Systems like Farmshelf could make healthy food accessible to more people in areas where fresh fruit and vegetables and food, period are hard to come by. Hunger effects more than 1 billion people in the world, and food production will need to double by 2050 in order to meet the need for the worlds growing population, the United Nations estimates. Whats more, about 23.5 million people live in food deserts, or low-income, rural areas where a supermarket is more than 10 miles away. Shearer hopes to combat this epidemic.
Weve automated all of the hardest parts of growing your food to enable people to grow their own and enjoy it, Shearer said.
Of course, there are downsides: Some restaurants gripe that the system costs a lot of lettuce. West Coast-based salad company Tender Greens said that it spent 20% more by growing Farmshelf produce than it might have otherwise, after paying for the machine and maintenance. But its sticking with the system because it can grow veggies all year long, and not have to worry about importing out-of-season ingredients.
My goal has always been not to have to ship lettuce across the country, but to grow locally, Tender Greens co-founder Erik Oberholtzer told Moneyish. The benefit is having a reliable supply year-round so we can really scale these systems while continuing to support organic farmers.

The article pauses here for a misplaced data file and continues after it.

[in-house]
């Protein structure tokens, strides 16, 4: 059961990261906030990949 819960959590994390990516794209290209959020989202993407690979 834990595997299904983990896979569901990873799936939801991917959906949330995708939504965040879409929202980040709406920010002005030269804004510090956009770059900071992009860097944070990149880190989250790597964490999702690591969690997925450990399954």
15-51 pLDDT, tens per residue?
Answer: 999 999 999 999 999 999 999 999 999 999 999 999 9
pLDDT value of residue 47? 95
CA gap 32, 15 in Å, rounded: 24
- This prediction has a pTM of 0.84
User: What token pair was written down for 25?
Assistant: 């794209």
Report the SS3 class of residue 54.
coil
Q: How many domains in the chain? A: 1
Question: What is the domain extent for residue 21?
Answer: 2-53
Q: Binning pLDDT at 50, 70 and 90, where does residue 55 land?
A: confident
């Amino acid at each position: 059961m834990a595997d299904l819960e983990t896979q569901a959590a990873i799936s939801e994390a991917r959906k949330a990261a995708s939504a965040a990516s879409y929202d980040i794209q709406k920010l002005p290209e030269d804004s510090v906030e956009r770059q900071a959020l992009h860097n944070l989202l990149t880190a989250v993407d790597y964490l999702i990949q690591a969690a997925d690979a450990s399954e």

While Farmshelf is making major headway in bringing farming to the masses, urban farming has been around for decades. Americans used urban farming techniques during the Great Depression and both World Wars to grow their own food. And more recently, former first lady Michelle Obama has done her part to champion for vegetable gardens in schools to help combat childhood obesity.
It was a good story till I read the last line.
If I had a large family to feed, I’d look into it. I wonder what kinds of seeds are used. Non-GMO would be a plus. It would be nice to have juicy sweet non-crunchy strawberries regularly.
I saw something like this two years ago with a German intervator. Greenhouse operation, hydroponics, some heat in the winter....you could grow 90-percent of your needs for vegetables and fruit.
The problem I saw was that you needed to devote man-hours to this each week. It wasn’t something you could just turn on and harvest four months later.
Woohoo- potato bugs, stink bugs, and cut worms year round in the house